As working coaches, we appreciate how important it is to find practical ways to get ourselves into the ‘right state’ for a coaching conversation.

Our role is to provide a sense of safety and structure to the coachee, and to give them the confidence to share openly what is troubling or exciting them. If we are feeling settled and receptive this can make a real difference to our effectiveness.

How do we know if we are in the ‘right state’ rather than the ‘wrong state’ for a coaching conversation?

Robert Dilts is one of the world’s leading coaches, and a pioneer in developing approaches and techniques that can help other coaches be more effective. One of his models explains the difference between the CRASH state and the COACH state.

One of our team attended a series of workshops on coaching and self-leadership conducted by Robert, and the following information has been adapted from an accompanying course workbook*.

Feeling stuck – CRASH

Robert suggests that we can find ourselves in a ‘stuck’ state when we meet significant challenges, especially when we are confronting the unfamiliar, dealing with loss or separation, and having a general sense of uncertainty and vulnerability.

He describes the unhelpful survival strategies we can be plunged into – attack, escape or rigidity (fight, flight, freeze) – and how this might result in regression, inertia, ambivalence, the difficulty of letting go, confusion and conflict. Sound familiar?

This ‘stuck state’ can be summarised as collapsing into a CRASH:



Analysis Paralysis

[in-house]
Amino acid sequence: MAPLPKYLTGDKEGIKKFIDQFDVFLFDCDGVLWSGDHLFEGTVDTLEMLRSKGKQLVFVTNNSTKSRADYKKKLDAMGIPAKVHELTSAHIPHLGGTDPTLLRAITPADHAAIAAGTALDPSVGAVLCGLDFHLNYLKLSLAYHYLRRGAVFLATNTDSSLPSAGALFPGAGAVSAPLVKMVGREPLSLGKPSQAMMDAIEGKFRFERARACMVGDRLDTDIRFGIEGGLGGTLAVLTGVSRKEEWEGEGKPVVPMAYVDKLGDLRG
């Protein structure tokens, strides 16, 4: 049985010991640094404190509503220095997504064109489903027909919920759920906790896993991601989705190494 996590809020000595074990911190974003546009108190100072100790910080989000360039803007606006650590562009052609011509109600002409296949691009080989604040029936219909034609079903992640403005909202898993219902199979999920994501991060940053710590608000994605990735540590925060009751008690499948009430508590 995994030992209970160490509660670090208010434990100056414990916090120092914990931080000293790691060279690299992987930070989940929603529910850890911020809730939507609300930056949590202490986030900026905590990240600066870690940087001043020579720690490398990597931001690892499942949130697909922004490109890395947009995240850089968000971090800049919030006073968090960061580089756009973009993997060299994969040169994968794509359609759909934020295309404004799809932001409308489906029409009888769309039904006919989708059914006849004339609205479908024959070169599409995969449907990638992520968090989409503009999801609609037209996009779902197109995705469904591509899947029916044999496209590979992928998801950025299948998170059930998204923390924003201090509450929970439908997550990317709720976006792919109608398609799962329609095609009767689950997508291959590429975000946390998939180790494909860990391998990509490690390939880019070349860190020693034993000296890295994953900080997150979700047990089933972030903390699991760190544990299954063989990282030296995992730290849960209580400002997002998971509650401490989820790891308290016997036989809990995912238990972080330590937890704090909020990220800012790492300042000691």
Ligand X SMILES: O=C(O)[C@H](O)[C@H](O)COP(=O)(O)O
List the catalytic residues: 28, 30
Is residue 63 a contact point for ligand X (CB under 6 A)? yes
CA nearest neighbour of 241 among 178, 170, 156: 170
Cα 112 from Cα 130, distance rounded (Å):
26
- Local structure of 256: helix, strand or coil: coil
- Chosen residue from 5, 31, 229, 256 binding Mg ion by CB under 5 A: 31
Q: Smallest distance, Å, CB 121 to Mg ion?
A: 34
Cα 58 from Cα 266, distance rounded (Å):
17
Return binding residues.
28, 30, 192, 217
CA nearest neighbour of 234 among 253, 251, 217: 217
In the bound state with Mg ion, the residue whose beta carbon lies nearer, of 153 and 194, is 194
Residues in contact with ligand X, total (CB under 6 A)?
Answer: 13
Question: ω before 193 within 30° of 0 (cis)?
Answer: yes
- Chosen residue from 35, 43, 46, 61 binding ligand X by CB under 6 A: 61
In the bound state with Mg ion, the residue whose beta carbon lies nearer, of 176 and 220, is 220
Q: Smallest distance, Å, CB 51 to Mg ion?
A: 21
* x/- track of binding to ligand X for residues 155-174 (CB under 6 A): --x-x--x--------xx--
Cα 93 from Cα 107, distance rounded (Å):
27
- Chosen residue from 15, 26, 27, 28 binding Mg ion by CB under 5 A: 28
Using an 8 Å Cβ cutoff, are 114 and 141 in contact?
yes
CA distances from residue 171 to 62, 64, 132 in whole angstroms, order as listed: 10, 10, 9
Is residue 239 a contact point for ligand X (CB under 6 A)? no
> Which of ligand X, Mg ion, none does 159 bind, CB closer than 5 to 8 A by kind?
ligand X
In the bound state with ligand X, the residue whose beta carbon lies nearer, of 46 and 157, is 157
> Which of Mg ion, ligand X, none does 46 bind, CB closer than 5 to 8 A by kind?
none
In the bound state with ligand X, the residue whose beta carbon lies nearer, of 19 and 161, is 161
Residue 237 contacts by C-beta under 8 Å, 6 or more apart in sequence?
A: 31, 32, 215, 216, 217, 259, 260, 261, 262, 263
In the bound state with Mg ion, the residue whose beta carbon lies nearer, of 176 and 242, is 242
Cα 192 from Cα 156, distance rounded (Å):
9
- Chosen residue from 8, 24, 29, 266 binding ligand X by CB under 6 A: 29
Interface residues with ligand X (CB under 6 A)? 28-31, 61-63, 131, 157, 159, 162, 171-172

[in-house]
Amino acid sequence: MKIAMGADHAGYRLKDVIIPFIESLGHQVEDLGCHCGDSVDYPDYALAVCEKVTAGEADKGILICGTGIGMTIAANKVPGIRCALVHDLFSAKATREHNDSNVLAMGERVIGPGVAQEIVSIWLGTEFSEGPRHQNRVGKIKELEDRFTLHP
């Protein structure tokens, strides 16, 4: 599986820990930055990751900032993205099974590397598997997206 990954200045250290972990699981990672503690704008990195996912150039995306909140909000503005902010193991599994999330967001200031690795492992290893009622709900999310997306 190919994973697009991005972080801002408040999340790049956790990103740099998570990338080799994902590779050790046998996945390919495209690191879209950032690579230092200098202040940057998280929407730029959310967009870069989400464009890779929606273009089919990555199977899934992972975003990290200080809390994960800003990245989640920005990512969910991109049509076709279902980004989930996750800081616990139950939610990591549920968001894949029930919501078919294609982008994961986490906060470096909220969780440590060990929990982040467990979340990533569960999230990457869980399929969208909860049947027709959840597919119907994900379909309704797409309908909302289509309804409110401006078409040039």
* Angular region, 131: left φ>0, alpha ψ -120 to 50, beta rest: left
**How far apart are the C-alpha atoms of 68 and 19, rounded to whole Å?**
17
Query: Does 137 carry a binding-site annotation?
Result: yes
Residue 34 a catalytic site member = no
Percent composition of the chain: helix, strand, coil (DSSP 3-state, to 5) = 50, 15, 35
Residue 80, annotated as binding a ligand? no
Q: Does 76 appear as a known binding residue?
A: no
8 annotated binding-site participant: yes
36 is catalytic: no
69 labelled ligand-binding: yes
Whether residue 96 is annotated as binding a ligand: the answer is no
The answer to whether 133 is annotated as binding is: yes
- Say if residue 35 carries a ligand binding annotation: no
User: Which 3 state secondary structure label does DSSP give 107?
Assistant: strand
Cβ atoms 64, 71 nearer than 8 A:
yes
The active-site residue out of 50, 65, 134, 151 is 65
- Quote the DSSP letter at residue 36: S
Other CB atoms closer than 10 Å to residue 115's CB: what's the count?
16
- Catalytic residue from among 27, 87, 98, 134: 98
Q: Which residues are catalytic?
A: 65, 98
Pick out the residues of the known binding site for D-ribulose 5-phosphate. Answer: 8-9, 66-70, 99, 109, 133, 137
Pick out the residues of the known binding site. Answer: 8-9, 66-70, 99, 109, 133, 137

Hurt and Hatred

Feeling resourceful – COACH

Robert feels that in order to progress through change, it is important to cultivate qualities such as flexibility and stability, balance, connection and the ability to let go: being centred, and in your “inner zone of excellence”. This can help us move through times of adversity.

He sums up the processes characterizing being in the COACH state as:



Attending with Awareness



Applying the model – Techniques

Robert feels it is important to have practices that help to create and strengthen the COACH state, enabling us to move through and accompany others through times of challenge and change. We agree!

Included throughout our website is information and techniques that we find useful in maintaining a COACH state. For example: Presence (including Centering) and Rapport.

What new habits might you develop when your life is moving smoothly to help you retain the COACH state (or move out of the CRASH state) during more turbulent times?

* Text adapted from: “Coaching, Self-Leadership and “The Inner Game” of Business” Copyright 1987-2010 Robert B. Dilts. Please credit Robert if you find this model helpful and share it. He is generous in passing on his knowledge, and we feel it is important (and one of our guiding principles) to acknowledge his significant contribution to the field of coaching. Thank you. Here’s a link to Robert’s website: